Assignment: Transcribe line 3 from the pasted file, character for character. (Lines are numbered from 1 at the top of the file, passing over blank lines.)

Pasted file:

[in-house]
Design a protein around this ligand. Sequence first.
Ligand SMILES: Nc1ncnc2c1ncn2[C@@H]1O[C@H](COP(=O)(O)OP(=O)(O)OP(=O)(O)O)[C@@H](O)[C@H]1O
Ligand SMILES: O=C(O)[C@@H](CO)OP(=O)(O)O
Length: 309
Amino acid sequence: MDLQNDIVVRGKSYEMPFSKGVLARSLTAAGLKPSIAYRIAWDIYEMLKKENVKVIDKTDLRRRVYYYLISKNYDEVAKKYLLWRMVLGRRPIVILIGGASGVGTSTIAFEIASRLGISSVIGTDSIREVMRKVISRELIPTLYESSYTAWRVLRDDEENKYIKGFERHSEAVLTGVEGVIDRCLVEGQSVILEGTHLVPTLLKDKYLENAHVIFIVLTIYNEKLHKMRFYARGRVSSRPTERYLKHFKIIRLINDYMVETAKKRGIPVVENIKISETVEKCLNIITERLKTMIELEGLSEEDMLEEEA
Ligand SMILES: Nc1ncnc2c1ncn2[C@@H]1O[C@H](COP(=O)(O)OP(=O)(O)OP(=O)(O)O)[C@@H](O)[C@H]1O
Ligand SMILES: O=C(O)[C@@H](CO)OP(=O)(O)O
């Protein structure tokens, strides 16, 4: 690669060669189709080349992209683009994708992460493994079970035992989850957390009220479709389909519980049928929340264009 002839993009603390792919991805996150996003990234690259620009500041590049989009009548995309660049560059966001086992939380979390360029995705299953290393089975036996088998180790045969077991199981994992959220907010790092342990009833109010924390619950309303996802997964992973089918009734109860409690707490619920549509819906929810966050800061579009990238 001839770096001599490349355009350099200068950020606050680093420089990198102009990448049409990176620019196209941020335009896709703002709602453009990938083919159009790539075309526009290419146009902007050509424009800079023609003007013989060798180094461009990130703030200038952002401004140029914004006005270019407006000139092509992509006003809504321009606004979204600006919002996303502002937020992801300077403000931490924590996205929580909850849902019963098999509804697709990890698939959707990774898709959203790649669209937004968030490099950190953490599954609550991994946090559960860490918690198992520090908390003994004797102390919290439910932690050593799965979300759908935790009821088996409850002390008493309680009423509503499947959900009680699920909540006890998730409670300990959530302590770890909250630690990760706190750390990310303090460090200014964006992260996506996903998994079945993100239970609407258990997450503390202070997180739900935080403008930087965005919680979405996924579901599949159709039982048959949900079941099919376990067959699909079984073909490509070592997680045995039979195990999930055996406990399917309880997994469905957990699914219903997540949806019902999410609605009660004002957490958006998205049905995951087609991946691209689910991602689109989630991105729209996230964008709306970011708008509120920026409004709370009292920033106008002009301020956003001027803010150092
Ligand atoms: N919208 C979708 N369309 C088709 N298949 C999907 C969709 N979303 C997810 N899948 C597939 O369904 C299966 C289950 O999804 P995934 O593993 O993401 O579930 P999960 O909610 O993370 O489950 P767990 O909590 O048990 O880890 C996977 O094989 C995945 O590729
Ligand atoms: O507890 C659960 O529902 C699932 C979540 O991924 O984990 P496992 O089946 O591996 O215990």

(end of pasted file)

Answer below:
Ligand SMILES: Nc1ncnc2c1ncn2[C@@H]1O[C@H](COP(=O)(O)OP(=O)(O)OP(=O)(O)O)[C@@H](O)[C@H]1O